The other week we talked about reviews, why do we do them, what do we look at, and what do we get out of it.
What we didn’t really discuss was the technical hows, these details come down to your own style. Some people like seeing the changes in increments, in a commit by commit view, some like to see the sum of changes in all their glory. This might be another meeting and another blog post.
The answer here might seem obvious, but it’s nice to restate even the given answers. Maybe we find out that our set of reasons is larger than we think.
Correctness is the obvious answer, and it’s a good one. I don’t know about you, but here at Zimpler we are all fallible humans, and a second set of eyes is always useful.
This is what I like to think of as the ‘objective’ part of the review. Either your code does what it should do, or it doesn’t. Either your tests cover the edge cases or they don’t.
The points we collected under this heading were:
- Does the code do what it’s supposed to?
- Does it follow the specification?
- Do the tests test the right stuff?
- Does the code avoid breaking the rest of the system?
- Will the performance be good enough?
- Will the implementation break any expectations present in other parts of the code?
- Does the code directly contradict any planned changes?
If the code does not measure up on these points, it’s pretty much going to get rejected, no discussion.
I’d like to take an extra look at the final point: Planned Changes. Maybe you’ve been locked in your office for a week working on this feature, maybe another team is working on something you aren’t really aware of. And maybe your implementation will make things very hard for them. When this happened, you really have to think about who gets priority, and how to accommodate each other. You might not be wrong, but you might still have to change. In the end, any change will close some doors in the future while opening others. The thing you want to prevent here is direct conflicts with planned changes, not theoretical future strawmen. As a reviewer you should be reasonable in your expectations of the implementers soothsaying capabilities and aware of your own.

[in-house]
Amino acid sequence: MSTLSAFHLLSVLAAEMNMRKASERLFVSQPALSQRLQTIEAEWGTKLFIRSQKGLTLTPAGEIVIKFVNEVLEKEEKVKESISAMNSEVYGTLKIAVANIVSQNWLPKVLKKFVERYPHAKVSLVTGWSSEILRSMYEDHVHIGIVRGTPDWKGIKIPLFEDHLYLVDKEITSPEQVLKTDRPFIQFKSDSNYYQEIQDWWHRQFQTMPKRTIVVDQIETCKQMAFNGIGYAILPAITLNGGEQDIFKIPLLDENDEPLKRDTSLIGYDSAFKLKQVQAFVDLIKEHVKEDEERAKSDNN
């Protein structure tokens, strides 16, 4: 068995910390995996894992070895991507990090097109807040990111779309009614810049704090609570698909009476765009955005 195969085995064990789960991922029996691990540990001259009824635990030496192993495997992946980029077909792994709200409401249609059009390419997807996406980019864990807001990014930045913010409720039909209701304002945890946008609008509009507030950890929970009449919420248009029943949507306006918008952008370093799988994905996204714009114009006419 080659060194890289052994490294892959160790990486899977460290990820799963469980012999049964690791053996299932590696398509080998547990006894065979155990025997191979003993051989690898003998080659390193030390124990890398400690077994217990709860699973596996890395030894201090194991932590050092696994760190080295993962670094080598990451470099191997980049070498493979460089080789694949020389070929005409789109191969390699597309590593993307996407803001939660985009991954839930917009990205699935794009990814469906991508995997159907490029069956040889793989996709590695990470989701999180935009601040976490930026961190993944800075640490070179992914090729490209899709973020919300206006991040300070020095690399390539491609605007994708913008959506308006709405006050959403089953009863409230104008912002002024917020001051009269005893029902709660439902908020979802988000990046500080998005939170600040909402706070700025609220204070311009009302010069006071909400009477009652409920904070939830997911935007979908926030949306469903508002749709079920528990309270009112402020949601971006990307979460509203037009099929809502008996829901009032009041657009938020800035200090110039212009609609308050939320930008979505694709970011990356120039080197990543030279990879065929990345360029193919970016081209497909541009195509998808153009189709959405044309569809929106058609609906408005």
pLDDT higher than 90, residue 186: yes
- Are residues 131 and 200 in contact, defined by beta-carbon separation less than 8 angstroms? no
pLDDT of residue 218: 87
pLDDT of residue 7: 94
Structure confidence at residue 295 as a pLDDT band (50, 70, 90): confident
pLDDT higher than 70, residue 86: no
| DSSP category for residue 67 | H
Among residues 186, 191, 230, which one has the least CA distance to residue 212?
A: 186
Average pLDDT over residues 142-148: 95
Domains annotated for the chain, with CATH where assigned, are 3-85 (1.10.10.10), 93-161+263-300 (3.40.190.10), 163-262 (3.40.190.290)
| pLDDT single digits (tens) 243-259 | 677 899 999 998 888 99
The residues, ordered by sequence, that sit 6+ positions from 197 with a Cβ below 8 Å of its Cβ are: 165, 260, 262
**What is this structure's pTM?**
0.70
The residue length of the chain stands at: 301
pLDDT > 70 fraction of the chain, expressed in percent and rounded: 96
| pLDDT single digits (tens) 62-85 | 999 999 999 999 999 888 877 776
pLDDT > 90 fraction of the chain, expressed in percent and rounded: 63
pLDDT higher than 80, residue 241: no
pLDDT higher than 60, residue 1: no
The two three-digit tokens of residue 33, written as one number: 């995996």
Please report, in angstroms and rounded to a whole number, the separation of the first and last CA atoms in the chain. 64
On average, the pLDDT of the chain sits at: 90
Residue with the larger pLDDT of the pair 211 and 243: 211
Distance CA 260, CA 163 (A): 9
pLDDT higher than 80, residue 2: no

Even if your code is correct, it might not be obviously so. As I mentioned we’re all humans here, and we do complicated work, so any help is appreciated in understanding each others.
This is a much more subjective side of the process. This is where you get into heated discussions about names, line breaks and bikeshed colors, but it’s still important!
Some points we lined up under this heading:
- Help minimize technical debt.
- Check readability/grokability/styling.
Restating the above, even if you’re right, your code might still be bad, the mitigating factor is that you might not be aware of it. Your reviewer is responsible for pointing out your nasty hacks, your convoluted logical constructs and your ugly bikesheds.
For these kind of things, we won’t immediately reject a story. Changes of this kind are often relatively minor and clear, so bouncing them back and forth often solves it in less time than restarting the story.
Quite often you even get to prove your reviewer wrong, which is always a nice feeling.
So what do we get out of all this?
From the first part of the review, we get a working system, reasonable performance and a clear way forward. The code does its job without getting in the way of everyone else.
In the second part we make sure to pave the way for more general future improvements. By reducing quirks, complications and unexpected behavior we make it easier to get things done for future us.
Gazing into the abyss
Apart from the reviews positive effects on the code, the review also improves the reviewer, as well as the reviewee!
Reading code is extremely important, it gives you both a better understanding of the code base you have, just from looking at parts your not currently working with. It also works as a puzzle, where you have to understand a different persons style of writing code.
Talking to your friends
While reading code is important, discussing code is vital. By critiquing and analyzing the code of your fellow programmers, you invite discussion on both design choices and styling.
Discussion almost always leads to learning and that’s our final fringe benefit in the review process.
Reviewing should be fun
Reviewing improves your company in multiple ways beyond just the code. So make sure you do it well, be clear and honest in your review comments, and try to learn as much as you can as you go along.
I’m planning to schedule another meeting to follow this up, on how to review code, and to how to help others review yours. After that I hope to do another blog post.